|Native to||Rivers state, Nigeria|
|Dialects||Apara, Ndele, Ọgbakiri, Ọbịọ, Akpor Alụụ, Ịbaa, Elele|
The Ikwerre language is classified as an Igbo dialect. The classification of Ikwerre as an Igbo dialect however is a subject of controversy among some in the Ikwerre community due to political reasons. Based on lexicostatistical analysis, Kay Williamson originally asserted that the Ikwerre, Ekpeye, Ogba, Etche and Igbo languages belonged to the same language cluster, but were not dialects. Subsequent studies by both Williamson and Roger Blench concluded that Igbo, Ikwerre, Ogba and their sister languages apart from Ekpeye form a "language cluster" and that they are somewhat mutually intelligible. There are indications that the Ikwerre society was bilingual even in the pre-colonial Nigeria, with people speaking other Igbo dialects and Ikwerre.
|High||+ATR||i ĩ||u ũ|
|−ATR||ɪ ɪ̃||ʊ ʊ̃|
|Mid||+ATR||e ẽ||o õ|
|−ATR||ɛ ɛ̃||ɔ ɔ̃|
There is also a vowel */ə̃/ which is posited to explain syllabic nasal consonants in accounts of the language which state that Ikwerre has no nasal stops. This sound is realized as [ɨ̃] or a syllabic nasal which is homorganic to the following consonant.
Ikwerre exhibits two kinds of vowel harmony:
- Every vowel in an Ikwerre word, with a few exceptions, agrees with the other vowels in the word as to the presence or absence of advanced tongue root.
- Vowels of the same height in adjacent syllables must all be either front or back, i.e. the pairs /i/ & /u/, /ɪ/ & /ʊ/, /e/ & /o/, and /ɛ/ & /ɔ/ cannot occur in adjacent syllables. Vowels of different heights, however, need not match for frontness/backness either. This doesn't apply to the first vowel in nouns beginning with a vowel or with /ɾ/, and doesn't apply to onomatopoeic words.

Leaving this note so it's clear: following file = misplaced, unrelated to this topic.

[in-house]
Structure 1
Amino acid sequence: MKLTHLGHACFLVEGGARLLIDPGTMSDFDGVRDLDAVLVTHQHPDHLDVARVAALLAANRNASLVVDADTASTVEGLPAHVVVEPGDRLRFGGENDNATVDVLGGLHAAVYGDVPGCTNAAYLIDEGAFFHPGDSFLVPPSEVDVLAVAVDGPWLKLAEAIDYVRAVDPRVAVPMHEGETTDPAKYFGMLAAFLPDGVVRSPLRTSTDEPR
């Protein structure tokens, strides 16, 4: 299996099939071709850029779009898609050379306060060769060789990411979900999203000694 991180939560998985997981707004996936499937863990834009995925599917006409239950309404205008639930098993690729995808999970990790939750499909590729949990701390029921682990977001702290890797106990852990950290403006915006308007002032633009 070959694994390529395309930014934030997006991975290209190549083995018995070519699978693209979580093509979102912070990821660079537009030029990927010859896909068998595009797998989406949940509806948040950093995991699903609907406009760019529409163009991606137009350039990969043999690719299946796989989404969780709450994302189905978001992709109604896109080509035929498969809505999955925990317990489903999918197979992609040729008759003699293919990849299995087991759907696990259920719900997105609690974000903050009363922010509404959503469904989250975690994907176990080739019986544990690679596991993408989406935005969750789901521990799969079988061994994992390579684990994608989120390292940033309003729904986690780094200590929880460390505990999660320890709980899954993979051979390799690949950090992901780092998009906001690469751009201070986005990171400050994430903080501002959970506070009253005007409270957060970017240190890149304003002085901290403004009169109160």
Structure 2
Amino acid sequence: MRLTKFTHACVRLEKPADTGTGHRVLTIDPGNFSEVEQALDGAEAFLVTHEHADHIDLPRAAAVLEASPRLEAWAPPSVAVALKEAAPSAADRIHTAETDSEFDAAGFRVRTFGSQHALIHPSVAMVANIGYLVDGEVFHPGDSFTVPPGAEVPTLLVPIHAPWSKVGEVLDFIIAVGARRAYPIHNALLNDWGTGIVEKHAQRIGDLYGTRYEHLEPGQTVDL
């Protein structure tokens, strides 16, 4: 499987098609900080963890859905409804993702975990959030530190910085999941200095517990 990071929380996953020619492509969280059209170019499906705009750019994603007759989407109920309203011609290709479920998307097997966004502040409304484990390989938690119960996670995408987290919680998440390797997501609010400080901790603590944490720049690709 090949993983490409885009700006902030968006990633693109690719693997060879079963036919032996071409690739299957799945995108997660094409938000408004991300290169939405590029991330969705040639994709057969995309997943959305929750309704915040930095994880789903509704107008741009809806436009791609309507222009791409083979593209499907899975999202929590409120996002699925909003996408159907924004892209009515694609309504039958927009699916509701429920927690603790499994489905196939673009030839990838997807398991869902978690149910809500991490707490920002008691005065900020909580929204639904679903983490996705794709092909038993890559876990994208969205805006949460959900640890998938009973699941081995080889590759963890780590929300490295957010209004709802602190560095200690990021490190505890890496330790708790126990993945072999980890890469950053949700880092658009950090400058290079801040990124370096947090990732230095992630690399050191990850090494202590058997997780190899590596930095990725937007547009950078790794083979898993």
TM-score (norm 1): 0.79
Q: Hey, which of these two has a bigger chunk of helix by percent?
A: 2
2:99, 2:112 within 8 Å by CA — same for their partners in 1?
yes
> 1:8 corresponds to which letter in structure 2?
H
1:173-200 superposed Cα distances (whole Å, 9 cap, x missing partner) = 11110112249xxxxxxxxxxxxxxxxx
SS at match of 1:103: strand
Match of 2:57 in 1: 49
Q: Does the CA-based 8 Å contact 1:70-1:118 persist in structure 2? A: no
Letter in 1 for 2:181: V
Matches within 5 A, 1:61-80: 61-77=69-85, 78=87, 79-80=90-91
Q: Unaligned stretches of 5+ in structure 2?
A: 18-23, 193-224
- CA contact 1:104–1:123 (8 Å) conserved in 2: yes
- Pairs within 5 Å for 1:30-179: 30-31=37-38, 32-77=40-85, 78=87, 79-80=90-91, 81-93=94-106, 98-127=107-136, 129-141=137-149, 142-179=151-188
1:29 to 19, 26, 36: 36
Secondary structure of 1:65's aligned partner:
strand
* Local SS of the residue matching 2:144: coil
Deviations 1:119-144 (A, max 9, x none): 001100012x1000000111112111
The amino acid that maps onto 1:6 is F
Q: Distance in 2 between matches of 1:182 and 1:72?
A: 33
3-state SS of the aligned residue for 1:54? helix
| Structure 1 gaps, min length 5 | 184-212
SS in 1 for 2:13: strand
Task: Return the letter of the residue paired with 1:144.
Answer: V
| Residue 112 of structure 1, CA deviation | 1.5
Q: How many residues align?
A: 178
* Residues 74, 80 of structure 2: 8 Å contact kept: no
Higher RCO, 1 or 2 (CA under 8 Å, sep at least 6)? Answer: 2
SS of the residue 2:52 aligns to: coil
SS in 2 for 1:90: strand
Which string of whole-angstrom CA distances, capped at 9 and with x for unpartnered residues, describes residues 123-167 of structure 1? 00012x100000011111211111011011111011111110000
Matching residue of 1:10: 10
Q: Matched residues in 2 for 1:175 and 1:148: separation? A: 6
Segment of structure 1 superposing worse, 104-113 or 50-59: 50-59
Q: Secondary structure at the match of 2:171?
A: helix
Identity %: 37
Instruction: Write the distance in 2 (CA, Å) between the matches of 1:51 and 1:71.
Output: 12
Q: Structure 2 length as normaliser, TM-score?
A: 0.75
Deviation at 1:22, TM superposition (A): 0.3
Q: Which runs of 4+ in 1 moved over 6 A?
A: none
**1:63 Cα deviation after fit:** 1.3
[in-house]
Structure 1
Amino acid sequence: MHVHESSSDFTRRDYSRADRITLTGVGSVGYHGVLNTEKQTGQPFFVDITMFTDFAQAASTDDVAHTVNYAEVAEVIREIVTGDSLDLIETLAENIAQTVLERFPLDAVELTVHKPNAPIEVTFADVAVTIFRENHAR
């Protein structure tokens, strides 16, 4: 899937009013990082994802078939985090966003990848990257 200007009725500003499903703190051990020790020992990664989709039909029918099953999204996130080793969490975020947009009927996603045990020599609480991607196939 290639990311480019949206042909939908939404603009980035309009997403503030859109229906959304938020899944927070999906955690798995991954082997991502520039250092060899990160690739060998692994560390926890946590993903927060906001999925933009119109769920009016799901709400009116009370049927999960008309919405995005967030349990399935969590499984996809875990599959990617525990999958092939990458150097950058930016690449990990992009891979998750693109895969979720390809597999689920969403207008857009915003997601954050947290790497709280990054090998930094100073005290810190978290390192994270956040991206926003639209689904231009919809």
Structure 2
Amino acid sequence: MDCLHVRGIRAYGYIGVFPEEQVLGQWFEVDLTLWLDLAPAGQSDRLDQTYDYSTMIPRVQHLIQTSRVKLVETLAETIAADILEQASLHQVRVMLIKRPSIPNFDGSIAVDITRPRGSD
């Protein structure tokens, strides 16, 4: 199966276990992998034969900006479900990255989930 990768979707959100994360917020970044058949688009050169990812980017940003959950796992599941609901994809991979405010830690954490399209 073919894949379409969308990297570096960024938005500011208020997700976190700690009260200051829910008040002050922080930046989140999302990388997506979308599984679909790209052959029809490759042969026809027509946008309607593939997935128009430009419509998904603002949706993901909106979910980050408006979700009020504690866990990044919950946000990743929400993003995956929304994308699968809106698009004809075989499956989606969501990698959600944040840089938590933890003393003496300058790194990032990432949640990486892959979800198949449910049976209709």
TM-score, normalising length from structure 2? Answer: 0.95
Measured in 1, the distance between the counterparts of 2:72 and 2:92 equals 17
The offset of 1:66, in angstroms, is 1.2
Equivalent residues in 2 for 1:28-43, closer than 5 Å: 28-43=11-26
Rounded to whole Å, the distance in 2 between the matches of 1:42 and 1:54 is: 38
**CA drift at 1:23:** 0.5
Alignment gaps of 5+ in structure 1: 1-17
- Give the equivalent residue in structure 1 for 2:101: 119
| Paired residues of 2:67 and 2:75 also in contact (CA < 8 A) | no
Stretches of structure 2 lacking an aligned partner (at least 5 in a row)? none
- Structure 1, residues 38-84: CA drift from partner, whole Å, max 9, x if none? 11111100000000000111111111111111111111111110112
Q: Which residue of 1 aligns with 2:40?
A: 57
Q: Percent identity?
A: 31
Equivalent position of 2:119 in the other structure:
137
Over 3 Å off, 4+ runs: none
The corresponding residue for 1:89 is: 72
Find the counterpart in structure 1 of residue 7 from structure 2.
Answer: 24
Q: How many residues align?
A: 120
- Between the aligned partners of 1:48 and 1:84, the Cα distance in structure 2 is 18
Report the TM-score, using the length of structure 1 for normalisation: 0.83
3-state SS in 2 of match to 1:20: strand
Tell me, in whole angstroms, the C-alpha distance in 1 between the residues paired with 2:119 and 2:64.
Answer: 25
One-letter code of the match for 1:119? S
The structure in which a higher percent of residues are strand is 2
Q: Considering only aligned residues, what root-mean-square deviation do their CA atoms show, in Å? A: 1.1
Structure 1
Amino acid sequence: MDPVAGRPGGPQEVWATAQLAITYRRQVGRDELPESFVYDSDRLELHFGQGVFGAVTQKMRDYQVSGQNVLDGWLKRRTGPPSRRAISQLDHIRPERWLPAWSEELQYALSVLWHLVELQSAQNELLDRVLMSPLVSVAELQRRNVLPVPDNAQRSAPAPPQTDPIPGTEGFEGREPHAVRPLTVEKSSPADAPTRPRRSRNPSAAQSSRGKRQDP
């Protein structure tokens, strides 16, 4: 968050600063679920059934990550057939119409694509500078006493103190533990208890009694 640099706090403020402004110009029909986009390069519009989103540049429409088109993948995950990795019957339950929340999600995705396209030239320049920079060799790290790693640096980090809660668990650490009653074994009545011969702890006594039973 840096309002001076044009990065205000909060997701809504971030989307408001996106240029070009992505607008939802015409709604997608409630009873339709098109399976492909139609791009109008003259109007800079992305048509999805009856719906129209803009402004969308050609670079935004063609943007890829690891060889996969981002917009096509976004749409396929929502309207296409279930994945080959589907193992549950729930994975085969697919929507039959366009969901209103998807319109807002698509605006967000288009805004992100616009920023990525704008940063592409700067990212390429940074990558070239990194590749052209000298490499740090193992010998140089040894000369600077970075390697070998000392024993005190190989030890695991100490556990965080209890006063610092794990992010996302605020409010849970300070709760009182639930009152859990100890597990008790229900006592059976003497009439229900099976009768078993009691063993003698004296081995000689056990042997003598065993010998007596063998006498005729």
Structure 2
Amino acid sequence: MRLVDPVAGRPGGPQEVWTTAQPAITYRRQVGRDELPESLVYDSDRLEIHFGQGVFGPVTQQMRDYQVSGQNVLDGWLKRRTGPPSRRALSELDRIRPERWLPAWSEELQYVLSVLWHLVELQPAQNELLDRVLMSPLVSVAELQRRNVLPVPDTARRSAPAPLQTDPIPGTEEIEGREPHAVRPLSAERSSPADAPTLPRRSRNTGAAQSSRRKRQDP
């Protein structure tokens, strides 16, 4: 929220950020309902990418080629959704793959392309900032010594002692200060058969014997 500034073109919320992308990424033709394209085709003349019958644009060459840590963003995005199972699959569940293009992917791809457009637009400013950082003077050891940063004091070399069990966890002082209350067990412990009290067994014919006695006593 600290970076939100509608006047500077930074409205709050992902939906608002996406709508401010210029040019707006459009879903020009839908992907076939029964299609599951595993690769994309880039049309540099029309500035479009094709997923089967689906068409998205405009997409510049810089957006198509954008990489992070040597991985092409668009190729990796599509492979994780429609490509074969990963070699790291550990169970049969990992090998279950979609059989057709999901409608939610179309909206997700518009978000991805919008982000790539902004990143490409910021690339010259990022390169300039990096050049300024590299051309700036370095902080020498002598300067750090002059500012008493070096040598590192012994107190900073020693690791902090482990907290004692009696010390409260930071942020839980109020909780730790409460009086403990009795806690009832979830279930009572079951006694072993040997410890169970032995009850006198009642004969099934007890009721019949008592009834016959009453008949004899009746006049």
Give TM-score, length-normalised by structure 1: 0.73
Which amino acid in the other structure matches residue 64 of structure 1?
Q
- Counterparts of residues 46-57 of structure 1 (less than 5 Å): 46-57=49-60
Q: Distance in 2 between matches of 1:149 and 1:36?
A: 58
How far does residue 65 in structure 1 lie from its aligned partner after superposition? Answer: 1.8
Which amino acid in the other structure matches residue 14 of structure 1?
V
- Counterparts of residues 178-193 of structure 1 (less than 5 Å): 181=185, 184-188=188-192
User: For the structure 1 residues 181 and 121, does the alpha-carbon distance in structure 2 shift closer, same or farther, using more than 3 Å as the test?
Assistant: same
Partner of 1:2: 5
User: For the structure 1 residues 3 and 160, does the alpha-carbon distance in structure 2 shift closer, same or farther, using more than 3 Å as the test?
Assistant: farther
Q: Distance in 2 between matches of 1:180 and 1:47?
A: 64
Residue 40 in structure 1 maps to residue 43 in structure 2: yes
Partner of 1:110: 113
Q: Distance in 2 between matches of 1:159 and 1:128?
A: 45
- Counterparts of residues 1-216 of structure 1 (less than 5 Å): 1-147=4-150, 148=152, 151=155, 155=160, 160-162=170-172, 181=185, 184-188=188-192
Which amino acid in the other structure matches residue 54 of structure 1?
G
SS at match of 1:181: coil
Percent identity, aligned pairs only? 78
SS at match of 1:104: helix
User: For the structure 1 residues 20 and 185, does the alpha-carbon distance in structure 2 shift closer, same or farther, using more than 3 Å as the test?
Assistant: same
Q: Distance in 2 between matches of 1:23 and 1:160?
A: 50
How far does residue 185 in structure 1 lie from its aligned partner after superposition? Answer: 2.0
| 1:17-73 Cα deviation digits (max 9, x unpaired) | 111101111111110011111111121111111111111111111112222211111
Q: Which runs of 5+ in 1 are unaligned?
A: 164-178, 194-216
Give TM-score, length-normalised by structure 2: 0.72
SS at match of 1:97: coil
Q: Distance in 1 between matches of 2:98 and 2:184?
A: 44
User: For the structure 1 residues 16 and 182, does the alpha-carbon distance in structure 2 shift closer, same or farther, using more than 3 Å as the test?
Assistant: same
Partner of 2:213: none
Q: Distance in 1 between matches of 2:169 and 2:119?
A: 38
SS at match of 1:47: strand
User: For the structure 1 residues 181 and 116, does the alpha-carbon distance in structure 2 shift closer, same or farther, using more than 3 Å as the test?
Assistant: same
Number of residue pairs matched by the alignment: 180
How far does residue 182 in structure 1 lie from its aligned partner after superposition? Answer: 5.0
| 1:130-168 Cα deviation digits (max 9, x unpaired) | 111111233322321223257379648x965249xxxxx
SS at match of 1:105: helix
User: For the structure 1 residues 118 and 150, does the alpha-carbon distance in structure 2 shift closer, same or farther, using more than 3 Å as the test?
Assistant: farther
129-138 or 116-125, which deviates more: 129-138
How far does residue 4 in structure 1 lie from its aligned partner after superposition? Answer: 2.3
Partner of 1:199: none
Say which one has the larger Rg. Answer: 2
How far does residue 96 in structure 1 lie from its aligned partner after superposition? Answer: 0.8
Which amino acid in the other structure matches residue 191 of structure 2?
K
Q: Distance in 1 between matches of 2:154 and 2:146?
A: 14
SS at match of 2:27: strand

The oral consonants [ḅ ʼḅ l ɾ j ɰ w h hʷ] occur before oral vowels, and their nasal allophones [m ʼm n ɾ̃ ȷ̃ ɰ̃ w̃ h̃ h̃ʷ] before nasal vowels. The "non-explosive stops" [ḅ ʼḅ] are not plosives (not pulmonic), and are equivalent to implosives in other varieties of Igbo.
The tap /ɾ/ may sometimes be realized as an approximant [ɹ].
This section needs expansion. You can help by adding to it. (May 2008)
Ikwerre is a tonal language with seven tones: high, mid, low, high-low falling, high-mid falling, mid-low falling and rising. Ikwerre also has a tonal downdrift. For example: rínyā̀ (high, mid-low falling) means "weight, heaviness", rìnyâ (low,high-low falling) means "female, wife", mụ̌ (rising) means "to learn", mụ̂ (high-low falling) means "to give birth", etc.
- Alagoa, Ebiegberi Joe; Anozie, F. N.; Nzewunwa, Nwanna (1988). The early history of the Niger Delta. Buske Verlag. p. 81. ISBN 3-87118-848-4.
- Williamson, Kay (1974). ODUMA: The Lower Niger Languages. 1. Rivers State Council of Arts & Culture, Port Harcourt.
- Williamson, Kay; Roger M. Blench (2000). African languages: an introduction. Cambridge University Press.
- Kelechukwu U. Ihemere (2007). A Tri-Generational Study of Language Choice & Shift in Port Harcourt. Universal-Publishers. pp. 28–35. ISBN 9781581129588.
- Clements, George N.; Osu, Sylvester (2005). "Nasal harmony in Ikwere, a language with no phonemic nasal consonants". Journal of African Languages and Linguistics. 26 (2): 165–200. doi:10.1515/jall.2005.26.2.165. S2CID 144317723.
- Williamson, Kay (1970). Reading and writing Ikwerre. Ibadan: Institute of African Studies.